Motor Car Speed Limit at Bettws-y-Coed. Mr F. J. Willis, barrister-at-law, an Inspector of the Local Government Board, on Monday morning held an inquiry at the Bettws-y-Coed County Court touching the application of the Urban Authority, through the County Council, under the Motor Car Act, 1903, for a regulation to be made in pursuance of sub-section i of sec- tion 9 of the Act on the following roads :—The main road through the village, from Arvon House or Pyllau, to the place known as Cross Keys, at the Capel Curig end of the village, and through Mill-street, extending from Tanybryn to its junction with the main road. Mr J. T. Roberts, Clerk to the Carnarvonshire County Council, and Mr Salisbury Jones, Clerk to the Bettws-y-Coed Urban District Council, appeared for the applicant. Mr Dean, solicitor to the Royal Automobile Club; Mr A. Lloyd Griffith, Secretary and sol- icitor to the Automobile Club of North Wales, and Mr L. W. Jelf-Petit, the Chairman of the last-named club, appeared against the applica- tion on behalf of the Committee. Mr J. T. Roberts having read the notice pub- lished in the Press, Mr Willis suggested that both parties should examine the roads.referred to, with tihe object of arriving at an amicable arrangement. All the parties concerned accepted the sugges- tion, and left the Court with this object. Several ladies and gentlemen appeared at the inquiry with the object of tendering evidence for and against the application, there being a feel- ing in the village that such a restriction might drive motorists away from the district. After about thirty minutes' delay, Mr Willis resumed his seat, and the other representatives appeared. Mr J. T. Roberts remarked that he was pleased to state that they had arrived at a mutual agreement to have the speed regulated from the Old Post Office to the Jubilee-walk, and all the portions of Mill-street enumerated in the application. Mr Dean stated that after having discussed the subject with Mr Lloyd Griffith, they con- sidered that the route mentioned by Mr Roberts would not prove an inconvenience to motorists, and that they would be justified in approving the regulation of speed of cars over that area, but that they considered ten miles an hour was somewhat too low considering the district. They were prepared to accept the regulation under the section applied for. He understood that there was some feeling in the village that the adoption of a soeed limit would drive away motorists from the district. There was, however, no foundation for such a sentiment. They con- sidered the application a reasonable one, and he would have no hesitation in declaring that it would not in the least influence motorists in any way. Mr J. T. Roberts I am pleased to hear you say so. The fact that we arrived at an amicable arrangement will naturally dispel that erronous idea. Mr A. Lloyd Griffith hoped that the posts would be kept properly painted, as those at Llandudno were hardly discern able from a dis- tance. Mr J. T. Roberts: This is the first complaint I have heard relative to the signal posts at Llandudno. They appear quite conspicuous. Mr Willis: Mr Griffith should address his complaint to the Clerk of the County Council, and not to me. Mr Dean Now the Clerk has heard the com- plaint, I presume he will act upon it. Mr J. T. Roberts: Certainly; I will report it to the Surveyor. On the motion of Mr Roberts, seconded by Mr Dean. supported by Mr Lloyd Griffith, a vote of thanks was accorded the Inspector for his courtesy and the manner he facilitated the understanding between the two parties.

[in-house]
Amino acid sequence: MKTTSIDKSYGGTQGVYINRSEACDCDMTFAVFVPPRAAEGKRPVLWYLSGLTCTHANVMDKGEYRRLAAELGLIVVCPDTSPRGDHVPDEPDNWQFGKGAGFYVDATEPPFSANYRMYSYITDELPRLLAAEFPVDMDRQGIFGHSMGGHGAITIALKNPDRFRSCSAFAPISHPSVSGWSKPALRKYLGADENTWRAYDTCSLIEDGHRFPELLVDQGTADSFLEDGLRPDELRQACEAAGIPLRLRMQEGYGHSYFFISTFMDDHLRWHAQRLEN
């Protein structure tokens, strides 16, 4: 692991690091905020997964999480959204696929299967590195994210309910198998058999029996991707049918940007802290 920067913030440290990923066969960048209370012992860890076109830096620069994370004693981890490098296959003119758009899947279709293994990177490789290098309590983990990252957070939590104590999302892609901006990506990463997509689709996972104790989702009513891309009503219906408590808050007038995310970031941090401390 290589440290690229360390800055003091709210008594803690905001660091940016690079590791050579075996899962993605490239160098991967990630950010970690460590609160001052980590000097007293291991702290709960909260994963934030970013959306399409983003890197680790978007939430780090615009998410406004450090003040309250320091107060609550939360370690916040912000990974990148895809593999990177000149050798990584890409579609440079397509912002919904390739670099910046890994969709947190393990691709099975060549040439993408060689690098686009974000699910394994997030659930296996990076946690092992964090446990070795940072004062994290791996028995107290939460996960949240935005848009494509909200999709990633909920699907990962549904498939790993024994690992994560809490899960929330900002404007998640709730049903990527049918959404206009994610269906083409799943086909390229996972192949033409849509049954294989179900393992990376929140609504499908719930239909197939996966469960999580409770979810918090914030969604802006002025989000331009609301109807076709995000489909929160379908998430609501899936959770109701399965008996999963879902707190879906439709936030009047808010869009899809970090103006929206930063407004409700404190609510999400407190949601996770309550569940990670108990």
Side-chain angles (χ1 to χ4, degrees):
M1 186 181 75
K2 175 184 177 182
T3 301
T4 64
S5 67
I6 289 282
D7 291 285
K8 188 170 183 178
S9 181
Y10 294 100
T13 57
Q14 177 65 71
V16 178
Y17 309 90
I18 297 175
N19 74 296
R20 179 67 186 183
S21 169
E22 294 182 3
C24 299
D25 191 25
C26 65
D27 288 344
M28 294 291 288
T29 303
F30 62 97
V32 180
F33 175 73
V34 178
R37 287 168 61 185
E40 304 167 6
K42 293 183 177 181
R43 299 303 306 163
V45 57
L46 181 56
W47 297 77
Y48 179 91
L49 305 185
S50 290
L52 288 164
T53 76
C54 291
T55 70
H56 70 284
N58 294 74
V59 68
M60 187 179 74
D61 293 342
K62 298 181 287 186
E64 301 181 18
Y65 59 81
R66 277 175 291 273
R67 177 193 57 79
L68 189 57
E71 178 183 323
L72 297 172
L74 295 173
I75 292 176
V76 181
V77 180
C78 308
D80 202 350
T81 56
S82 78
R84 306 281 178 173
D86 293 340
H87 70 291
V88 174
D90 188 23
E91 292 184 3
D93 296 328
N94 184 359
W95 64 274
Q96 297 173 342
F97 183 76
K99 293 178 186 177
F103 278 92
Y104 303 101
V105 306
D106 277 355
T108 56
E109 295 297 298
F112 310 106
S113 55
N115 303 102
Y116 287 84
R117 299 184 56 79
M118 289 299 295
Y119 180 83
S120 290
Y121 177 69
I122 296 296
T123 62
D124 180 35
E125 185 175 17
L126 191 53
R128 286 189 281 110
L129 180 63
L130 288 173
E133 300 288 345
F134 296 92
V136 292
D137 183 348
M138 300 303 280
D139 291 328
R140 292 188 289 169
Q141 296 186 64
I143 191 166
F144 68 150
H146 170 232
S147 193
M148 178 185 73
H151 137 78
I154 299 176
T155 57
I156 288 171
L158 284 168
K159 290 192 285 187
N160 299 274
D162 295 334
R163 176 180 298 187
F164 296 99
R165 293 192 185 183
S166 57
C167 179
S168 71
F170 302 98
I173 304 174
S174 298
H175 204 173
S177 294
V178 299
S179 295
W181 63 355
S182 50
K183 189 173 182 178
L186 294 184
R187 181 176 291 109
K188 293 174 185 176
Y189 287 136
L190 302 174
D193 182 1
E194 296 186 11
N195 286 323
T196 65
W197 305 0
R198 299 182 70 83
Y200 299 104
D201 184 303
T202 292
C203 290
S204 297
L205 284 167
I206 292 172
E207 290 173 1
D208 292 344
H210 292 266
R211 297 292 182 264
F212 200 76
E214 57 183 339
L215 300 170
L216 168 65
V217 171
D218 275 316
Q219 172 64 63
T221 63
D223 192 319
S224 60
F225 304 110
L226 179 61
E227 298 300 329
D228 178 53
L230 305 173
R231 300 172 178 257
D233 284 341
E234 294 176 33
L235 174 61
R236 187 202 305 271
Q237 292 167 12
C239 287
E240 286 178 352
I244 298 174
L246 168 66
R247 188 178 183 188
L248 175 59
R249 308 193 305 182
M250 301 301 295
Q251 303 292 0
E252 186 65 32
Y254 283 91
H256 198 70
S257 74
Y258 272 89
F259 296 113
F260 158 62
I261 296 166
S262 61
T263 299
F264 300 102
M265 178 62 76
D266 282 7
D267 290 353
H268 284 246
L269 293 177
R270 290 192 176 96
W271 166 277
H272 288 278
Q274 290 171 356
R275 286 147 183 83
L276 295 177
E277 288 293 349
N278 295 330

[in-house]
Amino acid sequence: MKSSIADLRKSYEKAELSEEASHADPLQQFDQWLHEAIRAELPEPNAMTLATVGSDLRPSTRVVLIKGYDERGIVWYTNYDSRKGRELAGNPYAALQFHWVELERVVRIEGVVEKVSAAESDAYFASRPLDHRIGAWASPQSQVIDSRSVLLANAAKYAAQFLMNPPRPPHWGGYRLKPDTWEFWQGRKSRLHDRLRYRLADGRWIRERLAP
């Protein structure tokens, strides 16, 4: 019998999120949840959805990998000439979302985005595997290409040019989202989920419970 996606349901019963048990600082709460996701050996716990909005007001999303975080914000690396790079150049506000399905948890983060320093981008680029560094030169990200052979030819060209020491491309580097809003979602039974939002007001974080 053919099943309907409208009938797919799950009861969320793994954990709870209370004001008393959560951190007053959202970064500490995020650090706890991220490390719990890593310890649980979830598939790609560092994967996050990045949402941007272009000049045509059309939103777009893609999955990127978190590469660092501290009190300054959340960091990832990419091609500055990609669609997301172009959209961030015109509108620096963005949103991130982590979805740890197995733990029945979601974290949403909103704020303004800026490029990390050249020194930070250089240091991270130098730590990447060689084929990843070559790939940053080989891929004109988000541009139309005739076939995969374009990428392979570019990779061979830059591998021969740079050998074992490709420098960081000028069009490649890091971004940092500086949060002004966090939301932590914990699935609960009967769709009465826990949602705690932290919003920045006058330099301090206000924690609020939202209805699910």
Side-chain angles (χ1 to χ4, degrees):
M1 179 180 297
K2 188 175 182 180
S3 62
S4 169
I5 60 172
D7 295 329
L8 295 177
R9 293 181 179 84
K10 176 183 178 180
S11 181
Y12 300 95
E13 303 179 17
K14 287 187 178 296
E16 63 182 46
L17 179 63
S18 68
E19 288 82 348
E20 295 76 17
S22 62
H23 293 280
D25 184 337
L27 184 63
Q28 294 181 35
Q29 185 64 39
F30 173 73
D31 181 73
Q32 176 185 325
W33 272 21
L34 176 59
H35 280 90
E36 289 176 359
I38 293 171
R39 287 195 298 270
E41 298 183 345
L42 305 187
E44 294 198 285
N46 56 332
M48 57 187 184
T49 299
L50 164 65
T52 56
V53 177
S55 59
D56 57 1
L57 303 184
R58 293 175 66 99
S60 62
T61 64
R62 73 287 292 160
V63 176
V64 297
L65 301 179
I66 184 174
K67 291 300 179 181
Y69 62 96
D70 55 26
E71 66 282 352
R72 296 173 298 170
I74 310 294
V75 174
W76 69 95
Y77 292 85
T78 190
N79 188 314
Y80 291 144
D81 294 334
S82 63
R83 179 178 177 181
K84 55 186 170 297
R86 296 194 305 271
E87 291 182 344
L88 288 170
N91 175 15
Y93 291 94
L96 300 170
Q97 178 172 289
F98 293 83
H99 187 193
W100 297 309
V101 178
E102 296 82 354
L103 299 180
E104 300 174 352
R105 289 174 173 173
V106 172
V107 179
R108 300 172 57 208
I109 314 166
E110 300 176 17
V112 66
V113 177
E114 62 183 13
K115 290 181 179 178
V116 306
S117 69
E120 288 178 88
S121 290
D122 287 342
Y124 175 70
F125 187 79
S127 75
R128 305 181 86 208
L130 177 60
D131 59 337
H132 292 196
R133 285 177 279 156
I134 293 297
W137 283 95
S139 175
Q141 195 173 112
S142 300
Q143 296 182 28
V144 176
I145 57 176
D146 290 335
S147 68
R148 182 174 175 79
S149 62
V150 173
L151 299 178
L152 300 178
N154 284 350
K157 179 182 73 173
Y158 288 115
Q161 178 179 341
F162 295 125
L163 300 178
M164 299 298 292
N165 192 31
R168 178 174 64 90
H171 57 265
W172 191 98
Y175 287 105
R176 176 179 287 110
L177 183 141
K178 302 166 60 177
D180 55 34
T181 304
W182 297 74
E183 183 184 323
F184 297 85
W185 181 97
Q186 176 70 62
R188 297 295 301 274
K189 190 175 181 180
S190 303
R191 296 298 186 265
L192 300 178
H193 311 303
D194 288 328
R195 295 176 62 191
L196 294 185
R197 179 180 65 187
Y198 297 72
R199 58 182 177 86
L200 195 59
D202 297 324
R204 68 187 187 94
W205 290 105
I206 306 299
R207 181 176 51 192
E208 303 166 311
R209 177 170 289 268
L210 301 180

NAT. TKL. No 13. Teleg rains f ully situated in its own finely-wooded Park. in the Bay of Colwyn, commanding splendid views; within a ahort Drive of Conway and r VsaHH Llandudno, and a few minutes walk to the jpW li Beaoh and Station. A most desirable winter residence, nicely sheltered, also heated through- out. Electric Light. Separate Tidies. POST HORSES AND CARRIAGES. LAWN TENNIS. GOLF. BILLIARDS, &c. SEA BATHING. PWLLYGROGHAN HOTEL. COLWYN BAY. (THE LATE RESIDENCE OF LADY ERSKINE.) 17 COLWYN BAY HOTEL, N. WALES. LONDON & NORTH WESTERN RAILWAY (HOLYHEAD LINE). Telegrams: Colwyn Bay Hotel, Colwyn Bay. Nat. Telephone No. Q. ""■ 111 Excellent service of Express Trains from Manchester, Liverpool, Midland Counties and the Soutn ,v s<4^' Delightfully situated on the border of the Bay, within a few minutes' walk of the Colwyn Bay Railway Station. £ SFE V COFFEE ROOM, DRAWING ROOM, LOUNGE & BILLIARD ^\ii ROOM on the Ground Floor, overlooking the Bay. ..» JFE ELECTRIC LIGHT THROUGHOUT. — The private grounds and terraces form an attractive promenade for visitors. Hotel Porter in Scarlet Uniform meets all trains. I* "*• Y • IFIF STABLES & COACH HOUSE. MOTOR GARAGE WITH PiT r ygVySv "2 This Hotel has been officially appointed by the Automobile ♦ Club of Great Britain and Ireland. I j 4 t <• During the Season, COACHES start from the Hotel to •* Bettwf y-Coed, Llandudno, Conway Castle and other places „ A r-» of interest in the district. iwU" -f«*- .IS ,V' <- COLWYN BAY AS A WINTER RESORT. ilsi"aft .1 ;AS- T, Is strongly recommended by eminent Medical Men ————— the mildness and dryness of its climate. A REDUCED WINTER TARIFF. 18 MISS THORPE, Manageress. GFCJF E: .IIr IIGCFO. 1 HH^HH IWIF^IML "IB TELEGRAMS: METROPOLE, COLWYN BAY." NATIONAL TELEPHONE: No. 188. COL "W'YN BA Y. FIRST CLASS. MODERN. One Minute's walk from Railway Station and two minute from Promenade and Pavilion. PERFECT SANITATION. SP ACIOUS PUBLIC ROOMS. DRAWING, WRITING, AND SMOKE ROOMS. LOUNGE. RECREATION ROOM. BILLIARD ROOM (2 DINING ROOMS (Separate Tables). EXCELLENT CUISINE. BALLS, DINNERS, AND RECEPTIONS CATERED FOR. Electric Light and Bells throughout. STOCK ROOMS. MOTOR GARAGE NEAR Hotel Porters meet trains. Manageress, MISS GRISDALE. 19 I CONWAY. OAKWOOD PARK HOTEL. The most daintily equipped in the Principality. 18-Hole Golf Links, laid out by Alex. Herd. Play every day. ««*„< •v. Beautifully situated on the Old Coach Road Mf half-way between Con- ? way and the head -j £ < the Sychnant Pass. r < n Elevated and bracing v, "> i v position. Mountain and I *V' 3. k-. Sea breeze from three m gy fft s ? points 01 the compass. • vJ8KT Tennis, bowling green 1 Wj uf Y* and billiards: A JL .ELEC™ « > m ^} throughout. *,V' Alfresco Afternoon Teac on ~:4M '} Oakwood Park Lawn. ■■K PSi^ 7 Hotel 'Bus meet. Trains. 1 > ¥^$$L » Telegams: "OAKWOOD, CøMWAY Telephone No. Mrs. BAILEY, MANAGERESS. 20 LOCKYER'S PRIVATE HOTEL, MARINE ROAD, COLWYN BAY. Old Established. STANDING in its own grounds, within two minutes' walk of the Sea, near the Pwllycrochan Woods, in the west end of Colwyn Bay, the Bournemouth of North Wales. Special Terms for Wmter Season.: Under personal management MR. MRS. [ Telephone No. 0187. Telegrams: LOCKYER, COLWYN BAY 22 'Q o..p.ø i gz en ¡: "c:I Q QÃo0\tg-. Ioc f;I' p-'>1è") Cl (Ii = )ig r18i Z P, š;iõ 08 In rif >o (/Q.¡s. p s:: 6 o I. IIL (SUCCESSOR TO EDWIN JONES.) 23 Llanfairiechan, Llandudno, Penmaenmawr, & District. EXTENSION OF PREMISES. R\I/'TT T T A 11 ITP Monumental Mason WILLIAMS, Llanfairfechan. To make room for New Stock and the installatian of New Machinery, Mr. R. Williams begs to announce that he has decided to offer his Stock of MONUMENTS, HEADSTONES, &c., in Marble, Granite, Slate, &c., AT A GREAT SACRIFICE, IN ORDER TO CLEAR. J. DICKEN & SONS, House Furnishers, &c. CHEAPEST HOUSES IN THE DISTRICT. Largest Selection Linoleums, Cork, English &:Foreign Carpets, &c. Bedroom Suites a Speciality Yaughan Street, Llandudno. Tf Station Road, Colwyn Bay, IS FURNITURE REMOVERS AND UNDERTAKERS. 293